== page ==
My Kid Loves Sports, But Has No Speed: What Should I Do to Get my kid Faster?
Believe it or not, I am asked this question at least once per week. Being in the business of making people run fast, you would figure that it would be the only question I would hear. Thankfully, some of my clients are already pretty fast, they just want to get faster. However, I’ve spoken with a long list of parents, listening to sad stories about how their son or daughter feels left out because they are not fast enough to “make the team” in which their friends currently participate . Other kids tease them because they are slow on the field or court. The slow kid may be the hardest worker, the best decision maker or the best team player. But, they will never make it to the next level because they just don’t have the speed to compete. It is essentially an affliction of slow-twitch muscle fiber composition.
So what is a parent to do? Unfortunately, you can’t do anything to change the genetic make-up of your child (well, not quite yet at least). So, in the meantime, if you and your spouse were slow, it is a pretty good bet your offspring are trailing behind their friends. While good training may not make them into the team speedster, there are many things that can be done to improve your child’s speed abilities and maximize the genetic potential with which they were born. Provided below are a list of recommendations that will give your developing athlete a fighting chance when it comes to running speed.
1. Have them Run at their Fastest on a Regular Basis
Many parents wonder why their child isn’t getting any faster. They send their child off to soccer practice several times per week, and watch them play in games week after week, but don’t see significant differences in their speed over time. The simple truth is that children need to run at top speed on a regular basis. This does not happen at sport training sessions, where kids are inundated with drills and general conditioning. The drills are performed with a ball or other equipment and can impede the athletes from running at maximum effort and velocity. Conditioning and general fitness work typically emphasizes endurance aspects of training, and not speed related activities. Actual games such as soccer, basketball and football do not even involve maximum velocity efforts, as shown by studies. Hence, athletes do not experience the positive speed stress and adaptation required for faster running. Specific training sessions must be implemented to allow kids to run at or very near top speed, with appropriate recoveries between runs. My most common advice to parents is to have their kids “run fast to get faster.”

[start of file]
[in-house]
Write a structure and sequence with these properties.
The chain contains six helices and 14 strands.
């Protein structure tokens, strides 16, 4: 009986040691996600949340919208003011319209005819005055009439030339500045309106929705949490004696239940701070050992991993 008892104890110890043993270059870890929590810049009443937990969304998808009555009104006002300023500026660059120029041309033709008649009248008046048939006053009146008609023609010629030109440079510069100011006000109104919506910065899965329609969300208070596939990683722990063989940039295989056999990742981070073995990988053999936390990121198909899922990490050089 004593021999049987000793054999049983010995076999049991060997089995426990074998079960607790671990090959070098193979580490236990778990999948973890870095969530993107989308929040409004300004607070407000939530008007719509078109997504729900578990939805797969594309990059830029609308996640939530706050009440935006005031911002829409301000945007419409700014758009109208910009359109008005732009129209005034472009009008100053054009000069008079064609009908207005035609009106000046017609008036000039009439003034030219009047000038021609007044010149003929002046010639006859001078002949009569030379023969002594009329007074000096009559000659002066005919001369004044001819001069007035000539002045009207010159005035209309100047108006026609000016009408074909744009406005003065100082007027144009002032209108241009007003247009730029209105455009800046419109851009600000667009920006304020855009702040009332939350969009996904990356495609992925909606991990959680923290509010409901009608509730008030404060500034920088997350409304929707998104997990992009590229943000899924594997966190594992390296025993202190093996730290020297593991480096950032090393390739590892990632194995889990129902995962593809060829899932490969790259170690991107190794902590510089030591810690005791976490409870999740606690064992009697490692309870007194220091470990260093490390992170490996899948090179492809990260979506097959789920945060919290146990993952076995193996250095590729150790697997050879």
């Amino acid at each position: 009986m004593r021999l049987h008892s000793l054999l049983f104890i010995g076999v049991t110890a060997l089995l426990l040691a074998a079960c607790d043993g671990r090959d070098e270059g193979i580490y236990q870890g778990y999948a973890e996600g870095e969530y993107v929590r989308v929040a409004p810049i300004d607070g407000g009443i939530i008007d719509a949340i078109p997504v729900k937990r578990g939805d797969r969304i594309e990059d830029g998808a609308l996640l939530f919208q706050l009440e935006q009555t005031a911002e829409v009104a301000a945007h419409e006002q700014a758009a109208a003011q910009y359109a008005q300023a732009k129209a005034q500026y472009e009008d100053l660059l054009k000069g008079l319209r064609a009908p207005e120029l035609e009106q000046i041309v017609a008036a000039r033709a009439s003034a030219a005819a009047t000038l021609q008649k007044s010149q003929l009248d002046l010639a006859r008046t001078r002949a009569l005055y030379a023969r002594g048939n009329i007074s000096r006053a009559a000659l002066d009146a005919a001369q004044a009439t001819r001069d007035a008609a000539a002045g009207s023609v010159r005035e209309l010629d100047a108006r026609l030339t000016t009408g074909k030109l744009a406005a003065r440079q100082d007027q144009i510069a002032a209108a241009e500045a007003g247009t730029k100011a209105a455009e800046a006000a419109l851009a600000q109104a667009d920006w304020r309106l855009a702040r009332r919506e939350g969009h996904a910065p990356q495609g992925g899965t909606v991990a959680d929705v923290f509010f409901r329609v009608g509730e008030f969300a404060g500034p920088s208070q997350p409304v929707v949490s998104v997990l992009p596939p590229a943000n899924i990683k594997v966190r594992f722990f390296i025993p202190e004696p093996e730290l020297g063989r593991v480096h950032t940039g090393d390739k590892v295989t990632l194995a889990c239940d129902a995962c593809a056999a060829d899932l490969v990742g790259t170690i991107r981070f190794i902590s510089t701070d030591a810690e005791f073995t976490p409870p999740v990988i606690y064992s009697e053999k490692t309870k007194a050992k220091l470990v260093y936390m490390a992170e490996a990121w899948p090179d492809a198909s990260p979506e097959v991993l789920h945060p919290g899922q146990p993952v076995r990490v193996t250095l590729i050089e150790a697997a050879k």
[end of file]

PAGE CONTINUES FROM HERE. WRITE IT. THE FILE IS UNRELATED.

2. Provide Good Instruction on Sprinting Technique
Obviously, running fast is a necessity for improving your speed. If there is only one thing you do to make your kids faster, it should be to allow them to run fast. However, if you can provide your kids with simple, foundational techniques for sprinting, they will be much better off in the long run. Running fast and efficiently is a complex motor learning challenge for most people. At the highest level of competition, the Olympic 100m final, sprinting looks effortless. Turning on the right muscles and turning off the unwanted muscles at the highest velocity or movement is a skill that must be taught, refined and maintained by a skilled coach. Kids must be taught the proper limb movements, body posture and level of effort to maximize their speed potential. If they are simply instructed to “push hard” or “go as fast as you can,” they will most likely run into trouble at some point in their development and develop poor habits that will be very difficult to break later on in their athletic career. Seek out a qualified, proven sprint coach to help out your children. Watch the workouts determine if the coach is working on fundamentals. If they break out the speed ladders, parachutes, and other gimmicks, sprint as fast as you can in the opposite direction. A good coach will have some cones, a stopwatch and a proven plan for teaching the fundamentals of running fast.
3. Avoid Unnecessary Endurance Running